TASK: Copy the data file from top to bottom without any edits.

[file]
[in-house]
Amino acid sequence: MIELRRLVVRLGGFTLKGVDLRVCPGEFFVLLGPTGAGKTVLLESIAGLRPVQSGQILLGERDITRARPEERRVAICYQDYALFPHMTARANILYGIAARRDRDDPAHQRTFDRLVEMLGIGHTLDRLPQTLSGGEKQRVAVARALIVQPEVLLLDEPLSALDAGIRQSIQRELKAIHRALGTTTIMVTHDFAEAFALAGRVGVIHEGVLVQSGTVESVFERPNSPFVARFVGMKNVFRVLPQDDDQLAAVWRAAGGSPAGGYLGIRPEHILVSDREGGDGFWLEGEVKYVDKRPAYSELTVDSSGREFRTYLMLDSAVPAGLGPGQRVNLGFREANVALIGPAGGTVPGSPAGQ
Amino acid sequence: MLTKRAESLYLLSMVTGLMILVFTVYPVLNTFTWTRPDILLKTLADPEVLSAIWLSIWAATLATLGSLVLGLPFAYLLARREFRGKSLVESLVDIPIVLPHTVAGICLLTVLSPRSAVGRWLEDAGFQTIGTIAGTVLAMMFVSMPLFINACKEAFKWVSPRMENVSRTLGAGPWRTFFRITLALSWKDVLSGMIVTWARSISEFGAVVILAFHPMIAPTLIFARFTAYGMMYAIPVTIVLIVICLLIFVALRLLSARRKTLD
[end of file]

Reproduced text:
[in-house]
Amino acid sequence: MIELRRLVVRLGGFTLKGVDLRVCPGEFFVLLGPTGAGKTVLLESIAGLRPVQSGQILLGERDITRARPEERRVAICYQDYALFPHMTARANILYGIAARRDRDDPAHQRTFDRLVEMLGIGHTLDRLPQTLSGGEKQRVAVARALIVQPEVLLLDEPLSALDAGIRQSIQRELKAIHRALGTTTIMVTHDFAEAFALAGRVGVIHEGVLVQSGTVESVFERPNSPFVARFVGMKNVFRVLPQDDDQLAAVWRAAGGSPAGGYLGIRPEHILVSDREGGDGFWLEGEVKYVDKRPAYSELTVDSSGREFRTYLMLDSAVPAGLGPGQRVNLGFREANVALIGPAGGTVPGSPAGQ
Amino acid sequence: MLTKRAESLYLLSMVTGLMILVFTVYPVLNTFTWTRPDILLKTLADPEVLSAIWLSIWAATLATLGSLVLGLPFAYLLARREFRGKSLVESLVDIPIVLPHTVAGICLLTVLSPRSAVGRWLEDAGFQTIGTIAGTVLAMMFVSMPLFINACKEAFKWVSPRMENVSRTLGAGPWRTFFRITLALSWKDVLSGMIVTWARSISEFGAVVILAFHPMIAPTLIFARFTAYGMMYAIPVTIVLIVICLLIFVALRLLSARRKTLD